Meg Dyos

Like many of us, Meg Dyos wasn’t sure what she wanted to do with her life when she finished university. But unlike the rest of us, the 2014 English Literature graduate has found herself about to become part of the crew rowing 8,446 miles across the Pacific Ocean to raise £25,000 for women’s charities.

The Coxless Crew is a team of six women rowing from America to Australia in support of Breast Cancer Care and Walking with the Wounded’s fund for injured service women. By the end of their journey they hope to have achieved three world firsts: the first all-female team to row the Pacific Ocean, first team of four to row the Pacific Ocean, and fastest Pacific Ocean row.

Meg is due to join them for the last leg of their journey in mid-October. In 8 questions, she tells us about rowing the dawn shift, sleep deprivation and sharks.

1. What motivated you to take on this huge challenge?

To be honest, I just didn’t know what to do with my life. I have no idea why I applied for the challenge. It’s a question that I am being asked more and more, and I am trying to find the answer to it myself.

The fact that it is all about women in adversity appealed to me. It is all women who are doing this and aiming to break those records, and Breast Cancer Care and Walking for the Wounded are charities that are close to my heart. The team has a belief that “everyone crosses their own Pacific”.

2. Can you describe the training that you have been doing in the lead-up to the row?

Yes; I have had to put on 10-15 kilos for the row! Training itself is all weight lifting with no cardio involved. It’s all about growing muscles and being prepared that we’ll lose all the weight on the boat.

3. What are you most excited about the row?

The stars. And at the minute there is a shark circling the boat. I don’t know what type of shark it is – hopefully not a man-eating one! So stuff like that is absolutely terrifying but it’s also amazing to see that kind of wildlife.

We also need to have so many different checks on our body like stress levels and sleep deprivation, so I am excited about pushing my body to the limit to see how far it can go.

4. What do you think will be the hardest part of the challenge and how will you motivate yourself to carry on when the going gets tough?

I really think the hardest part is going to be sleep deprivation, as we are rowing two hours on, two hours off for the whole journey. And not eating fresh fruit and vegetables. Facing the unknown will be a challenge because it’s really difficult to prepare for it, you just don’t know how you are going to feel – apparently as soon you can’t see land anymore, some people freak out.

But we’ve got a psychologist who works with us really closely to prepare us for the unknown things that are going to happen to our bodies.

5. What are you most and least looking forward to about life on the boat?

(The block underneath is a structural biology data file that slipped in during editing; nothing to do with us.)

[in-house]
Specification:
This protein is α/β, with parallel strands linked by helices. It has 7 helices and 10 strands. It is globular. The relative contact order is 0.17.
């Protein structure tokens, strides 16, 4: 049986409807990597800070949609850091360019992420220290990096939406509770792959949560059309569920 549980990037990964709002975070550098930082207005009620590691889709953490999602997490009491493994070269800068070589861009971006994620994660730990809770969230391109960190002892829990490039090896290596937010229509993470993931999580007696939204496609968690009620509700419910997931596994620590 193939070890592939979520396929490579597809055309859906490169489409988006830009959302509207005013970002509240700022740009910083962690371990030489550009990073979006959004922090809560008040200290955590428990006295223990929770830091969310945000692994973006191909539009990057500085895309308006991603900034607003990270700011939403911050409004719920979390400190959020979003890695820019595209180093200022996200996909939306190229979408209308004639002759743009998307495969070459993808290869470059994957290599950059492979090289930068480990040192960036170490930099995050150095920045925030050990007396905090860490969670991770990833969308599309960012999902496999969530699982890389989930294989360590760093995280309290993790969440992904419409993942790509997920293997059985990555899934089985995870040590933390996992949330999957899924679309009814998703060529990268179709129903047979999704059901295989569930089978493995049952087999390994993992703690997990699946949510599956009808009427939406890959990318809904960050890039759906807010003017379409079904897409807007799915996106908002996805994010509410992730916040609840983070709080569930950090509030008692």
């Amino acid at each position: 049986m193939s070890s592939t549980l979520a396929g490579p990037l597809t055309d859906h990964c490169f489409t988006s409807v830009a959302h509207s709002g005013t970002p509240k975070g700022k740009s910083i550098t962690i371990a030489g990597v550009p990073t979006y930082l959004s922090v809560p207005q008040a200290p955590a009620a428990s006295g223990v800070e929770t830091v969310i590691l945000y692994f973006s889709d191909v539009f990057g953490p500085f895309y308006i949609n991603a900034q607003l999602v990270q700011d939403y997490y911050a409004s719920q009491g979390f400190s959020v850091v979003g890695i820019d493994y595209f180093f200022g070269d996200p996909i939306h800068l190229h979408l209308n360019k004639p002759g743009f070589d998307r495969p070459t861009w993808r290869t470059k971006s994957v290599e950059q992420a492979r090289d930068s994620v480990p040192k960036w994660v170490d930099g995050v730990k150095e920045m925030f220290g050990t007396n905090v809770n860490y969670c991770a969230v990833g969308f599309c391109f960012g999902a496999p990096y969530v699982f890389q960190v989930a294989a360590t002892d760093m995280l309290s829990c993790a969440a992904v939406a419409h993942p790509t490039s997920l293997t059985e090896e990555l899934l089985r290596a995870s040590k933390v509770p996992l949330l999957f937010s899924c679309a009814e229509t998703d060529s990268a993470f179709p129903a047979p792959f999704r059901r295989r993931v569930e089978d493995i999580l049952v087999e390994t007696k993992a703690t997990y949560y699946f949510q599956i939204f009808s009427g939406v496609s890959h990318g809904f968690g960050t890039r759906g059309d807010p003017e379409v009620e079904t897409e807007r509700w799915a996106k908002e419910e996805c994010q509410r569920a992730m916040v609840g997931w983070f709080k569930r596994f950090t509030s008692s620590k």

I’m really looking forward to getting to know the four girls and spending so much time with them. And I’m least looking forward to going to the toilet in a bucket! Also, motivating myself to get back behind the oars and row the dawn shift between 3-5am, which is the worst shift.

6. How do you feel about becoming part of a possibly record-breaking team?

Really freaking excited. I think it blows my mind a bit that I’ve been included in this when I’ve never rowed before. I don’t really know why they chose me. I had to go through a lot of psychological tests and it’s all about how you bond as a team. I’m just so happy to be given this opportunity.

7. With an all-female team and the row dedicated to women’s charities there is a big message being sent. What message do you have for other women hoping to take on similar challenges?

I’ve been reading all these different quotes to keep me empowered. I think the biggest one is “choose your attitude” – you can do it and don’t ever let anyone tell you that you can’t. It doesn’t matter what gender you are.

8. And when you reach land what will be the first thing that you do?

A shower! A shower and then a drink. To be honest, it will be seeing my family again. I can’t even imagine what that will feel like. There will be a big reception with the media when we reach land, but to be honest, at this stage I can’t even see that far into the future. It’s more about just getting onto the boat!

You can follow the Coxless Crew’s journey via a live tracker on their website, coxlesscrew.com or on their Facebook and Twitter pages. Text DORIS to 70300 to donate £3 to support their fundraising efforts on behalf of Breast Cancer Care and Walking With The Wounded.

The Coxless Crew

Heather Ridal

Heather Ridal

Alumni Communications Officer at University of Westminster
Heather Ridal

Leave a Reply

Your email address will not be published. Required fields are marked *

University of Westminster
309 Regent Street, London W1B 2UW
General enquiries: +44 (0)20 7911 5000
Course enquiries: +44 (0)20 7915 5511

The University of Westminster is a charity and a company limited by guarantee.
Registration number: 977818 England